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Sunday, March 11, 2007

Paladin to proceed with $185m Malawi uranium development

URANIUM PROSPECT Paladin to proceed with $185m Malawi uranium development The Malawi government has entered into an agreement with Australian resources group Paladin for the development of the $185-million-plus Kayelekera uranium mining project, in northern Malawi.

The new mine's commissioning is scheduled for September 2008.

Paladin MD John Borshoff says the agreement gives the Malawi government a 15% shareholding in the project.

In return, Paladin's corporate tax rate will be slashed from 30% to 27 5% and the company will be exempted from the 10% resource rent tax.

"The development agreement is a far-reaching document providing a stable fiscal regime for at least ten years from the commencement of production and will provide a high degree of certainty for the project," says Borshoff.

The agreement will see the company's royalty rate reduced from 5% to 1,5% during the first one to two years of mining. In addition, Paladin will not pay the 17,5% import value-added tax and there will be an immediate 100% capital write-off for tax purposes.

Under the agreement, Paladin will be requirerd to provide social infrastructure in the Kayelekera area, including primary and secondary schools and health facilities, most probably funded in the third year of the project.

"The 15% government shareholding will offer a long-term stabilising element for the project, as it will align the interests of the company and the government in the project, creating a sustainable environment which the company believes is for the long-term benefit of both the company and Malawi," says Borshoff.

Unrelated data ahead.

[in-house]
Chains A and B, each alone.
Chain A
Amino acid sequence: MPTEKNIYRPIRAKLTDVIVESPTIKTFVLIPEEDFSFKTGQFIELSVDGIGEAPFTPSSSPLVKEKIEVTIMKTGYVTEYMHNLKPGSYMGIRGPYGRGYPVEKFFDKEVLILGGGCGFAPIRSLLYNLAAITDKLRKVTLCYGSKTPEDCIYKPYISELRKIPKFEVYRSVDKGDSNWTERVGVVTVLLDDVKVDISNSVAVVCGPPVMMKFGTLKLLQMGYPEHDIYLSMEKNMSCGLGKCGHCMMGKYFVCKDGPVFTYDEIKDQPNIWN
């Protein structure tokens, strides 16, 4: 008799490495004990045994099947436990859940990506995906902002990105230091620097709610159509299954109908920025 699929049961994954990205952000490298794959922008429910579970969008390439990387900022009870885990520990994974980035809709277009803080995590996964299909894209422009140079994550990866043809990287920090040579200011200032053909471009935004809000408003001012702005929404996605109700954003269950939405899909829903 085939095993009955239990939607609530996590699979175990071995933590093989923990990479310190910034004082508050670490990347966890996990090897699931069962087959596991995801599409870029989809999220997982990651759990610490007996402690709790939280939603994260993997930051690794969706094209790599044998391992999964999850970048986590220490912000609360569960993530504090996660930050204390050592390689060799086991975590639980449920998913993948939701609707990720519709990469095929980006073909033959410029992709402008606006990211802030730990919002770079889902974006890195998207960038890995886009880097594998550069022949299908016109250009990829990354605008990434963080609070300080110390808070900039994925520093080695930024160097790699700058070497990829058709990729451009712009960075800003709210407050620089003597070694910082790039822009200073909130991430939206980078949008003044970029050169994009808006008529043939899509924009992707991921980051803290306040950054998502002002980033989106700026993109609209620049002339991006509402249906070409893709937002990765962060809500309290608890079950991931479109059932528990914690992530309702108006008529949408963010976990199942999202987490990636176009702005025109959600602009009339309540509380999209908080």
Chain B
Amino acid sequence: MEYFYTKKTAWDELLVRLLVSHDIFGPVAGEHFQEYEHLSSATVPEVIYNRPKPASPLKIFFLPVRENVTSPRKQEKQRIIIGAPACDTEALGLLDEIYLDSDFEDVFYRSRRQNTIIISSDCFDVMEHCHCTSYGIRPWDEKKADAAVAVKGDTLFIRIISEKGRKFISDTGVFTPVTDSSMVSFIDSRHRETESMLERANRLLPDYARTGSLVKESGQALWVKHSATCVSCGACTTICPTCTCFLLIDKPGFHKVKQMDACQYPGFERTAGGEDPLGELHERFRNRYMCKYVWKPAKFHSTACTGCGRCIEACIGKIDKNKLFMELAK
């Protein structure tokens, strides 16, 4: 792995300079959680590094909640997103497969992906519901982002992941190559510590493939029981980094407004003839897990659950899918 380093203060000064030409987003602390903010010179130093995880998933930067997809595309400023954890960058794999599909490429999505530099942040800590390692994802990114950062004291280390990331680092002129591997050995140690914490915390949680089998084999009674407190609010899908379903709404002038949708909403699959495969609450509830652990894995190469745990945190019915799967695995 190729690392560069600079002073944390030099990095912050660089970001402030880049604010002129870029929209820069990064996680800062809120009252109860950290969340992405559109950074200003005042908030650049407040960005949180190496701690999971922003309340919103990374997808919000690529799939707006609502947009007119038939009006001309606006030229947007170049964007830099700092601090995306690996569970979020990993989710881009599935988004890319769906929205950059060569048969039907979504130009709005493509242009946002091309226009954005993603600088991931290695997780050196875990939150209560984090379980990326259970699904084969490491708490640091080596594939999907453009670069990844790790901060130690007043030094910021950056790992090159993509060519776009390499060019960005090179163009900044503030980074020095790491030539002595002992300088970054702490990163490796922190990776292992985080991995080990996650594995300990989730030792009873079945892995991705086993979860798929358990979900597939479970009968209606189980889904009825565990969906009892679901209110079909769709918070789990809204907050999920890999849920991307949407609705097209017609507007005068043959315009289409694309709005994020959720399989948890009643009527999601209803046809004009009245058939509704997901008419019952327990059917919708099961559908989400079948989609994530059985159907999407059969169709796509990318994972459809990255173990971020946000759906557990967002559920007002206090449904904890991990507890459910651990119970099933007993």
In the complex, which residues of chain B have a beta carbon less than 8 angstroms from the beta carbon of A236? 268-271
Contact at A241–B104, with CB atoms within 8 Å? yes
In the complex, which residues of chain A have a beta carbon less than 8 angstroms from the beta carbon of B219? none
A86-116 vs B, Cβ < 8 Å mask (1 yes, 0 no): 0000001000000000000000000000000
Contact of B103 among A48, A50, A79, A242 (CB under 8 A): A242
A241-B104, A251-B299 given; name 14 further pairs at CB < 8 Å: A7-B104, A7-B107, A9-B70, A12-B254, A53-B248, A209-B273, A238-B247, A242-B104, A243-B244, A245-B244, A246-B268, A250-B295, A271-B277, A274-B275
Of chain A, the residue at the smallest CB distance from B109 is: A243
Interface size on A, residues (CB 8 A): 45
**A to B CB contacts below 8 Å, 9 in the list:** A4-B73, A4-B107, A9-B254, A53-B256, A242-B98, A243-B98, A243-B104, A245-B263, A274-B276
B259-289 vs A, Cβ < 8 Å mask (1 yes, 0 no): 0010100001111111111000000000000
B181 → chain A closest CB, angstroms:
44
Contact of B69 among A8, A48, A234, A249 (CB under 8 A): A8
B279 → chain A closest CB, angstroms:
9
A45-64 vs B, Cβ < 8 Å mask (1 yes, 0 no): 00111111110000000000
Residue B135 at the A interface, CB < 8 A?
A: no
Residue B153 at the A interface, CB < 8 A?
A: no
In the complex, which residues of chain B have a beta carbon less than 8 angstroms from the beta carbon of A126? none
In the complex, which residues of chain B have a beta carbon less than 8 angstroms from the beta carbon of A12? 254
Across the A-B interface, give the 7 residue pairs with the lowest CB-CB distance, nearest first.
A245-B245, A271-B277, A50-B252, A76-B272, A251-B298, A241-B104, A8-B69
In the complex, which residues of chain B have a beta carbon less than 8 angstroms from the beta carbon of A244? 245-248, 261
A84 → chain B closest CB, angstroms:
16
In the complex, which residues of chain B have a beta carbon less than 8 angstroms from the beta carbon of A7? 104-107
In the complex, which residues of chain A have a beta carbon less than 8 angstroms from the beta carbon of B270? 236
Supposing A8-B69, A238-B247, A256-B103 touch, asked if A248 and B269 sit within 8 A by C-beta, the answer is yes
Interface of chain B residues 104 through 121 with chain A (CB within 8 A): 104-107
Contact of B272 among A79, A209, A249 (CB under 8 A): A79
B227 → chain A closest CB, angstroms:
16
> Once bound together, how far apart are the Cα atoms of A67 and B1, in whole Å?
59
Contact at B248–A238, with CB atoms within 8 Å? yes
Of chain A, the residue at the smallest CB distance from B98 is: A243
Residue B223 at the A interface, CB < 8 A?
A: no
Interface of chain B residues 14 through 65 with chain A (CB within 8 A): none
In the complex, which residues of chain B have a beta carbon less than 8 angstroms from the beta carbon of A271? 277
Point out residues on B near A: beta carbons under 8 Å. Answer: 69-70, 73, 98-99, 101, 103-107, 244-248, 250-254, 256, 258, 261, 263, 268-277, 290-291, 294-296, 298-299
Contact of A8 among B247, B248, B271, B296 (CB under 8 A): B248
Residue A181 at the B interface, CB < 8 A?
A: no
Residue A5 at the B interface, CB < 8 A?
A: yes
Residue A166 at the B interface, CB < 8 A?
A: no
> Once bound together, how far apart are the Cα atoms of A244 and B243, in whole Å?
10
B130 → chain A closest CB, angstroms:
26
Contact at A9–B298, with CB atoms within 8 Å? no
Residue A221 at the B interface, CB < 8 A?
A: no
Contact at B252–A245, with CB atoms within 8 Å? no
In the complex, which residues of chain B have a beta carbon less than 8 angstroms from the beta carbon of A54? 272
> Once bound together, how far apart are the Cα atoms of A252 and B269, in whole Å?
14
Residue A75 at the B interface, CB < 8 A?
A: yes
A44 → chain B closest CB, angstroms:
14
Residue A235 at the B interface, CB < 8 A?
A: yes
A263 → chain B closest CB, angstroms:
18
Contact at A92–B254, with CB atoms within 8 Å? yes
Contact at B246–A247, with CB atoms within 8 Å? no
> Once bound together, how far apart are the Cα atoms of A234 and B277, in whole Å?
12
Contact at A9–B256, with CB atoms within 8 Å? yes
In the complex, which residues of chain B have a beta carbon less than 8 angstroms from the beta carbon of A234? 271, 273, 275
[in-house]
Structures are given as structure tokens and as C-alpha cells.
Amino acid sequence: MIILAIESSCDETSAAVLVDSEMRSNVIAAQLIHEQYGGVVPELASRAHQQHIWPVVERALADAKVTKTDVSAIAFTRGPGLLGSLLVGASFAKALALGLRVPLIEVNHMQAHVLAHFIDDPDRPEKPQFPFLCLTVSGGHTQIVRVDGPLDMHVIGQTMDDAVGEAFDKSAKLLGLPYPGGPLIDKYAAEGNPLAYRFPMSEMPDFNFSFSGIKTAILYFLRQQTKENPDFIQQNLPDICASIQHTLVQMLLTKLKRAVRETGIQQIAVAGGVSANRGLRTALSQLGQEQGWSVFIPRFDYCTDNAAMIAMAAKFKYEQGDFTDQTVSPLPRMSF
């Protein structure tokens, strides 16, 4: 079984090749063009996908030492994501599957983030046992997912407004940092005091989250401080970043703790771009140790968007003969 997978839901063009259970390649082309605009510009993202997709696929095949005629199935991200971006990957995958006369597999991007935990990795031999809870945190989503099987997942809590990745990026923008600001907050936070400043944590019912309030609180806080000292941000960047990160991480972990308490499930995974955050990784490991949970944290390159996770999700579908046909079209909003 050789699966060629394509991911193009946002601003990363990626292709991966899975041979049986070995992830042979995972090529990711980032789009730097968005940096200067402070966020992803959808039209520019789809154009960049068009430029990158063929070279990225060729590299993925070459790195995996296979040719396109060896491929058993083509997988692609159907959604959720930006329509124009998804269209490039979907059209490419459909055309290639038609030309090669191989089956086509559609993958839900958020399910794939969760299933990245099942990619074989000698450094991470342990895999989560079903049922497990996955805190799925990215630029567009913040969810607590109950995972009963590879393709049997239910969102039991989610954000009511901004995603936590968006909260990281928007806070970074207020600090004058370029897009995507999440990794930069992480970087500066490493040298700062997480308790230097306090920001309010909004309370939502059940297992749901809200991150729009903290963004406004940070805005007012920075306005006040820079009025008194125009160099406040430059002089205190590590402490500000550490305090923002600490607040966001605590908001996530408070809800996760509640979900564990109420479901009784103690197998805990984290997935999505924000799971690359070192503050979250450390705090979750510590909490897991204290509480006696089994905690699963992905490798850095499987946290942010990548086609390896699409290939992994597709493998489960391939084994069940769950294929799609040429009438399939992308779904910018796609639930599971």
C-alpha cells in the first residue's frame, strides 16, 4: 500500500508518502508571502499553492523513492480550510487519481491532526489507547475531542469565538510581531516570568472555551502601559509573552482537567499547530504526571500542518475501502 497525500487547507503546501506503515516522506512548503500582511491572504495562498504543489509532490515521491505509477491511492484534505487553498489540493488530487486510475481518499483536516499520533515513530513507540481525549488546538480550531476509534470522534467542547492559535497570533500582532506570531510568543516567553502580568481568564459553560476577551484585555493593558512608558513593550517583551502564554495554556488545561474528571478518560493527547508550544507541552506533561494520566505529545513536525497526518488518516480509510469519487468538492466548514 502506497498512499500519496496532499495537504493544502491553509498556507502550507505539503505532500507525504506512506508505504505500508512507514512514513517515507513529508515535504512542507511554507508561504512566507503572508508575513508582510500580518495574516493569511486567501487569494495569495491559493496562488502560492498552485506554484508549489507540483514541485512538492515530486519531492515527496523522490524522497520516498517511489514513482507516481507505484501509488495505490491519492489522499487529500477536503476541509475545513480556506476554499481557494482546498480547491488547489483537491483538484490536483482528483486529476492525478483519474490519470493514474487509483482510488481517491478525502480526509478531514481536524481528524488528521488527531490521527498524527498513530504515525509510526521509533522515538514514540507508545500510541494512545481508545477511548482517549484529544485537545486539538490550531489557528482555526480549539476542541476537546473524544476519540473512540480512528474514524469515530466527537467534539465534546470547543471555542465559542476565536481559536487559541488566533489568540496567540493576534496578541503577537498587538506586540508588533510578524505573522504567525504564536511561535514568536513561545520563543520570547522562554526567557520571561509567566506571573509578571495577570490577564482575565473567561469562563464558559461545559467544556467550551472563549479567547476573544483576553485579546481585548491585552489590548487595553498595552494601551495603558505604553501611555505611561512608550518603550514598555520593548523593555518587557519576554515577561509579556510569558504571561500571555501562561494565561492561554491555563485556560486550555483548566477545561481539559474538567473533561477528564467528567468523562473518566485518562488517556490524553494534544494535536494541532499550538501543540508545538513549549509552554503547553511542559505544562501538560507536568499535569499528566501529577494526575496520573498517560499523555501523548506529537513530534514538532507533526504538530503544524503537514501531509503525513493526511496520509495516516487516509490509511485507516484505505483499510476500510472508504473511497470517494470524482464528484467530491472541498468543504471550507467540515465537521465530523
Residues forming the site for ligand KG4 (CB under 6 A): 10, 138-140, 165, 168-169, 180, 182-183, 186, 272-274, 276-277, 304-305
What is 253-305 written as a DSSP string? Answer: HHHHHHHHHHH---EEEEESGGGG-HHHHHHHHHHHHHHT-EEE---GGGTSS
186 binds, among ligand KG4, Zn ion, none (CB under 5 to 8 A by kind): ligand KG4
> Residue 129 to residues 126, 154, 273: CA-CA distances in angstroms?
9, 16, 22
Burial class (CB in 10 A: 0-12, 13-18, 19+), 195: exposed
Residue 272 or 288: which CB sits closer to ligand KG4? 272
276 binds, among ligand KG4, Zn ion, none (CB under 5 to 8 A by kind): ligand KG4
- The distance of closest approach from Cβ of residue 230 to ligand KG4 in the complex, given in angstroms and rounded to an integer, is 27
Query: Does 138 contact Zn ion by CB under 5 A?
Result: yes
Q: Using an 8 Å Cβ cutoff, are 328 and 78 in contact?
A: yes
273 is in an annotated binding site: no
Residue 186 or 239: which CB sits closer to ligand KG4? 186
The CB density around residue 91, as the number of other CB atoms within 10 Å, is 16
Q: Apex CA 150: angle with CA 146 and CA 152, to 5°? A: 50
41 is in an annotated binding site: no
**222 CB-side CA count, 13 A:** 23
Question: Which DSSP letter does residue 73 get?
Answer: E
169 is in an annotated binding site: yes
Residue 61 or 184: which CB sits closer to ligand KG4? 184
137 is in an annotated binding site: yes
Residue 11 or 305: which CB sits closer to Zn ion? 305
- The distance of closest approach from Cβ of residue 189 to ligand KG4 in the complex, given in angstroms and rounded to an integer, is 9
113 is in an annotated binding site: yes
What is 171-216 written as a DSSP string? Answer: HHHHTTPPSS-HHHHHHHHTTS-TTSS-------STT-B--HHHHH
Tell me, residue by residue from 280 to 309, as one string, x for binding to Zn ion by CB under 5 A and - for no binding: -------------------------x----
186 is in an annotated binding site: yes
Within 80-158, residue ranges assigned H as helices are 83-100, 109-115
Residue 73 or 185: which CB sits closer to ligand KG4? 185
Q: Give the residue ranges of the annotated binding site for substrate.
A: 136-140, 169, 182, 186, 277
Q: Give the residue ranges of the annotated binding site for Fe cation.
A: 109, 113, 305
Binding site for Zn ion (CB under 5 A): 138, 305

Paladin is currently readying itself for the predevelopment works, involving local access preparation, preliminary site establishment, a secure equipment storage area and a communications facility.

This work is scheduled for the fourth quarter of this year.

Paladin has also started buying equipment for the project and has so far acquired a second-hand 5,03-m-diameter, 8,54-m-long Dominion SAG mill.

A bankable feasibility study undertaken by international consultancy firm GRD Minproc indicated that the project is financially and technically viable, with an 11-year life-of-mine. The survey results peg the total yearly production for the project at 3,3-million pounds of U3O8 over the first seven years, up from the 2,3-million pounds that was initially envisaged.

Paladin will use a portion of the $250-million it raised from capital markets in December to kick-start the project. It is also seeking a $90-million debt facility from its banker, Societe Generale Australia.

The company requires working capital of$45-million for the development stage of the project, whose capital cost is pegged at over $185-million.

Paladin recently applied for a 25-year mining licence and submitted the bankable feasibility study report, the management plan and the environmental-assessment study for the project to the Malawi government for review and approval.

"Initial responses have been favourable and approvals are expected towards the end of March 2007," says Borshoff.

Paladin is also exploring work in the vicinity of the Kayelekera deposit in order to boost the size of the resource.

"With its strong focus on exploration drilling planned to test existing uranium targets in its surrounding tenements over the next three to four years, Paladin is confident that satellite deposits will be discovered, offering the potential to extend the project life beyond the 11 years identified in the bankable feasibility study," concludes Borshoff.

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